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About beyondsection17

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  1. Western / Université Laval JD/BCL

    Have you considered just calling Western and asking if they can put you in contact with someone who did the program?
  2. Ryerson Law by 2020 - Letter of Intent

    This was basically the entire mandate of the LPP. I'm not sure the Law Society can have this one both ways.
  3. Windsor vs. Osgoode: "Big Five" Firm Prospects

    Who would even take a job at one of the “Big Five”? I’d sooner starve to death than work anywhere but Morgans.
  4. Health Law Practice

    "Health law" is more of an area of focus than an area of practice. It can mean a number of things. For example, on one hand, it can mean you work in medical malpractice litigation, defending (or suing) doctors accused of professional negligence. On the other hand, it might mean you work as a policy analyst for a government ministry trying to lessen the health impacts of food deserts on marginalized populations. People doing these two types of work will have wildly different careers and day-to-day lives, yet both can be said to be doing "health law". My advice would be to decide the type of work you want to do first (ie do you want to be a litigator? would you rather die than be in a courtroom? etc) and then subsequently narrow down your area of focus (e.g. to family, criminal, "health law", etc).
  5. LLM Recommendations

    From what I can tell, there seem to be three "types" of people who get LLMs - 1) People who like thinking about the law more than they like practicing it. These people want to go into legal academia. They often go straight through to their LLM after their JD, then straight through again to their PhD, etc. If they are called to the bar, which many are not, they probably clerked at the SCC instead of doing traditional articling. These are the people who become tenure-track law professors. 2) People who are practicing lawyers, who want to gain additional expertise in some area and/or potentially work a side gig as an adjunct prof. These people are often experienced lawyers who have been called for a number of years and are looking to either push themselves even further in their line of work (ie a senior transactional lawyer who gets an LLM focussing on international taxation or trade & commerce) or to otherwise allow them to teach side courses at a law school on a more regular basis than a visiting practitioner / adjunct may be able to do. 3) People who are struggling to find articles at the end of 3L, who would rather do an LLM and try their hand at the articling recruit one more time than do the LPP. If you're seriously considering doing this LLM, take a minute and think about which of these three categories you'd likely fall into. If you think you would fall under Category #3, remember that you're only midway through 2L, and there are number of potential articling positions still open and available to you. I think it's also worth noting that having an LLM with no work experience behind it doesn't make you a whole lot more marketable for articling or junior lawyer positions than you otherwise would be.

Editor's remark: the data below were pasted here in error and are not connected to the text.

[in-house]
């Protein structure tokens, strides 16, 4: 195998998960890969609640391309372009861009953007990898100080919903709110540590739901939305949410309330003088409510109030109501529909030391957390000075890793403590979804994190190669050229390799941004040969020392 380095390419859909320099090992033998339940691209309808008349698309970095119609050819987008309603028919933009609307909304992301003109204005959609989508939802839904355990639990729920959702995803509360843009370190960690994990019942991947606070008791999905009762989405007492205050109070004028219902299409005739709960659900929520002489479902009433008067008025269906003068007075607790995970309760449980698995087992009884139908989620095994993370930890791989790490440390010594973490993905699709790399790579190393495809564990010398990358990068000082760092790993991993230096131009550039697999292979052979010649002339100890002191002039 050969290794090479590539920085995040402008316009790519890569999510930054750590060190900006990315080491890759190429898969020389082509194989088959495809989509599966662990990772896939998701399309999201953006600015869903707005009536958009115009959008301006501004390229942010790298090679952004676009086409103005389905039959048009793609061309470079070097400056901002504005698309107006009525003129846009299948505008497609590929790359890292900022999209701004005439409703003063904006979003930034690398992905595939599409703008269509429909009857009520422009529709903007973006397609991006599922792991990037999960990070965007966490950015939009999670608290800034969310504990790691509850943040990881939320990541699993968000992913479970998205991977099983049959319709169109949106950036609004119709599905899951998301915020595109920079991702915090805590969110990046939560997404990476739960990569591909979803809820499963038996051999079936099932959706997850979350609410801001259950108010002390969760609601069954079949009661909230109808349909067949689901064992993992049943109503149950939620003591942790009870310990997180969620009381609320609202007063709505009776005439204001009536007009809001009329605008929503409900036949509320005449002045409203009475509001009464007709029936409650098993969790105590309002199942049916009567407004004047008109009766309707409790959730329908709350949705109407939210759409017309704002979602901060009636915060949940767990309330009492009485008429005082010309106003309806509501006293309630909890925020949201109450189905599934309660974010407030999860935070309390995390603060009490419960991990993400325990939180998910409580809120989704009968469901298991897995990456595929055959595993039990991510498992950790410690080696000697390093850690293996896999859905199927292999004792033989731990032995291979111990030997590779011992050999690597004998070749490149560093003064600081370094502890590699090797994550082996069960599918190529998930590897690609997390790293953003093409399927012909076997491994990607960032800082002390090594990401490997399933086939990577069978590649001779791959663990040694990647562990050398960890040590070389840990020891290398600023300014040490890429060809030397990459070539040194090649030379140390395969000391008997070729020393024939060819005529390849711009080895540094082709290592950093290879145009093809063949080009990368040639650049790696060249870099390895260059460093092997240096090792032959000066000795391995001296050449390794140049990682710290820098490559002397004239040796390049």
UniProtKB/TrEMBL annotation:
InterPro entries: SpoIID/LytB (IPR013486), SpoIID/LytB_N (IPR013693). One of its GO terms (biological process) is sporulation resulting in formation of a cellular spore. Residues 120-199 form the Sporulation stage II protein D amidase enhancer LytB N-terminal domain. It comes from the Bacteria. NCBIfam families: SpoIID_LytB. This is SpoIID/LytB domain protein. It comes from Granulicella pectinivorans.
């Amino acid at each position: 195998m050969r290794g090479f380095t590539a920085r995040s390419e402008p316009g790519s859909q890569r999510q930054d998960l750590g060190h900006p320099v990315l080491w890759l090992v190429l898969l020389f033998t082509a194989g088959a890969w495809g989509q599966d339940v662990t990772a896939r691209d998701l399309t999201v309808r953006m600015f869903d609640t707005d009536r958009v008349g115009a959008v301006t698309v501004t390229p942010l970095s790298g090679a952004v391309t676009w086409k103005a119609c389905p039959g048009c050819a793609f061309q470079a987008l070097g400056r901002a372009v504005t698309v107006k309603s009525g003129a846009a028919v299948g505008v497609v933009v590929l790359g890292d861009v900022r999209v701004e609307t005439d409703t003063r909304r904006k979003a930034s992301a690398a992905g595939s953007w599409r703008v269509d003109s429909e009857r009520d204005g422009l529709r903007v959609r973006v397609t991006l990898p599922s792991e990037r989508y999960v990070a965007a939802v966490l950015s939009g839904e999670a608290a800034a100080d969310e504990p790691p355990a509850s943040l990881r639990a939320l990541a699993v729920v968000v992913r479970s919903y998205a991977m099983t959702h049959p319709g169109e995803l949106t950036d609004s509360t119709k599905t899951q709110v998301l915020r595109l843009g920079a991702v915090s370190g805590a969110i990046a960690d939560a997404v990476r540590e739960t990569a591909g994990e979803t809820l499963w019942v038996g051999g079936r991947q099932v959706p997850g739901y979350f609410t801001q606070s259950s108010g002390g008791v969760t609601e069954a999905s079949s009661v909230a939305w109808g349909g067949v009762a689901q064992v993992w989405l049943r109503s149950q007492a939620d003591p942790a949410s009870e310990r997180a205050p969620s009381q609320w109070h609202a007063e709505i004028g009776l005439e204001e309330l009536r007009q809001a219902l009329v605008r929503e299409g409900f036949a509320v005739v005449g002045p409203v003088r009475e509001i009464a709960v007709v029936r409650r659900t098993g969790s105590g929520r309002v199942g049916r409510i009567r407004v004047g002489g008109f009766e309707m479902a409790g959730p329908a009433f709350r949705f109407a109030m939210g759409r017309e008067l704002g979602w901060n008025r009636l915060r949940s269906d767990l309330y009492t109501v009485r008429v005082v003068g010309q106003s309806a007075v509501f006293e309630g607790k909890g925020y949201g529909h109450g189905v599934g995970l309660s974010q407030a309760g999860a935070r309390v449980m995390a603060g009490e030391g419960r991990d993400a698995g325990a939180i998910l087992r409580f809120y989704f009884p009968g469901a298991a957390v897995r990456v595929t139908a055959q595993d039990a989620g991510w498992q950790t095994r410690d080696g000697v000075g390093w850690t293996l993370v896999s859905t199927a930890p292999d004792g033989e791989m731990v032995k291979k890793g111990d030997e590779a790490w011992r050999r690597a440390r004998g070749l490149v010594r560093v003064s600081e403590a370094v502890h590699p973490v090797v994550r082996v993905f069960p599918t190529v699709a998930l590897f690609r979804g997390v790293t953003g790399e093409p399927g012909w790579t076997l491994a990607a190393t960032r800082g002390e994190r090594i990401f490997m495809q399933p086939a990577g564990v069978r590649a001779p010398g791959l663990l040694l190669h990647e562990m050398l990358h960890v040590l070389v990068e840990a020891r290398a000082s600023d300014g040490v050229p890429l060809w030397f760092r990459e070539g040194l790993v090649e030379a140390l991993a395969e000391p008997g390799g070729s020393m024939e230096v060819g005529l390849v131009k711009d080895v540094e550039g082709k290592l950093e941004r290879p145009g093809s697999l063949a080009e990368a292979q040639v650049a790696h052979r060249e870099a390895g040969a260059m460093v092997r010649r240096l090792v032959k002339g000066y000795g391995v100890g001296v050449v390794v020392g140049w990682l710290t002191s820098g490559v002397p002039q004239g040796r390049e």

6. Question about Vacation during Articling

    I don't know, my October-November in civil litigation was crazy busy. I cannot imagine having taken a week off during that time. I also had no idea the fall would be like that until I started my articles, so if I was planning my articling vacation in spring term 3L, I may well have assumed November would be fine. I would have been incorrect.
  7. legal podcasts

    Robichaud's recently started an excellent podcast called "Of Counsel" that interviews exceptional litigators in Ontario. The description reads: "Of Counsel interviews remarkable lawyers about their careers in law. What motivates these lawyers? How do they manage to stay focused under intense pressure? How do they harmonize it all with their personal lives? How do they overcome fear and defeat? What insight and tips do they have for others?" I've really enjoyed all the episodes so far. More information can be found here: https://itunes.apple.com/ca/podcast/of-counsel/id1335199607?mt=2